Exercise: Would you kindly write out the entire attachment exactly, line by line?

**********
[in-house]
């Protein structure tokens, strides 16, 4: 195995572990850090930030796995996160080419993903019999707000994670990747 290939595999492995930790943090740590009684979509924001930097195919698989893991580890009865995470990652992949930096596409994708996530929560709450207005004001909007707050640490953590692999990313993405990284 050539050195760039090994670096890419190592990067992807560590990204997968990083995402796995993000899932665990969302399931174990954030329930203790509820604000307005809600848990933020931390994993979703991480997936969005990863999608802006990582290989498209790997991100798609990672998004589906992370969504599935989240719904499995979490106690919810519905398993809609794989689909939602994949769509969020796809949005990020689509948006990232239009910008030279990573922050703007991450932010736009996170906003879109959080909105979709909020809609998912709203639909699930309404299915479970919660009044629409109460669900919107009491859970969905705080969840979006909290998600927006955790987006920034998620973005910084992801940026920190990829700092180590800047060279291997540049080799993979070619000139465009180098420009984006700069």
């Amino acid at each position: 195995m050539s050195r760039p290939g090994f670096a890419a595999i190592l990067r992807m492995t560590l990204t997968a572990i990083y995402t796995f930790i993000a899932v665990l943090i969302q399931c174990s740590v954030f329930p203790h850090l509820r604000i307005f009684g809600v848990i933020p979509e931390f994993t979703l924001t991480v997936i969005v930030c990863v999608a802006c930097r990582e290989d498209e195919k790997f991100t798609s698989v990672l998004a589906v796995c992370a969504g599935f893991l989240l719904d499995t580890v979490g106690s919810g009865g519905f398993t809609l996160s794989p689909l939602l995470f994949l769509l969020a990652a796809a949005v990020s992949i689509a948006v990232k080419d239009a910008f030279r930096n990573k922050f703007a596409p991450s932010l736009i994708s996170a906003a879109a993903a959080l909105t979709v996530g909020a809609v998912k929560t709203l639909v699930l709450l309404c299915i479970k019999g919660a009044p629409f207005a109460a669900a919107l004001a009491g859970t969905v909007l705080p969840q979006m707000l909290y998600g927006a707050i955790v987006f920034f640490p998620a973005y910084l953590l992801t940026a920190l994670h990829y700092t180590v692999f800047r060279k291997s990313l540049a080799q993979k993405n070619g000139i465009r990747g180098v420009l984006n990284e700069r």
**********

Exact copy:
[in-house]
């Protein structure tokens, strides 16, 4: 195995572990850090930030796995996160080419993903019999707000994670990747 290939595999492995930790943090740590009684979509924001930097195919698989893991580890009865995470990652992949930096596409994708996530929560709450207005004001909007707050640490953590692999990313993405990284 050539050195760039090994670096890419190592990067992807560590990204997968990083995402796995993000899932665990969302399931174990954030329930203790509820604000307005809600848990933020931390994993979703991480997936969005990863999608802006990582290989498209790997991100798609990672998004589906992370969504599935989240719904499995979490106690919810519905398993809609794989689909939602994949769509969020796809949005990020689509948006990232239009910008030279990573922050703007991450932010736009996170906003879109959080909105979709909020809609998912709203639909699930309404299915479970919660009044629409109460669900919107009491859970969905705080969840979006909290998600927006955790987006920034998620973005910084992801940026920190990829700092180590800047060279291997540049080799993979070619000139465009180098420009984006700069």
């Amino acid at each position: 195995m050539s050195r760039p290939g090994f670096a890419a595999i190592l990067r992807m492995t560590l990204t997968a572990i990083y995402t796995f930790i993000a899932v665990l943090i969302q399931c174990s740590v954030f329930p203790h850090l509820r604000i307005f009684g809600v848990i933020p979509e931390f994993t979703l924001t991480v997936i969005v930030c990863v999608a802006c930097r990582e290989d498209e195919k790997f991100t798609s698989v990672l998004a589906v796995c992370a969504g599935f893991l989240l719904d499995t580890v979490g106690s919810g009865g519905f398993t809609l996160s794989p689909l939602l995470f994949l769509l969020a990652a796809a949005v990020s992949i689509a948006v990232k080419d239009a910008f030279r930096n990573k922050f703007a596409p991450s932010l736009i994708s996170a906003a879109a993903a959080l909105t979709v996530g909020a809609v998912k929560t709203l639909v699930l709450l309404c299915i479970k019999g919660a009044p629409f207005a109460a669900a919107l004001a009491g859970t969905v909007l705080p969840q979006m707000l909290y998600g927006a707050i955790v987006f920034f640490p998620a973005y910084l953590l992801t940026a920190l994670h990829y700092t180590v692999f800047r060279k291997s990313l540049a080799q993979k993405n070619g000139i465009r990747g180098v420009l984006n990284e700069r």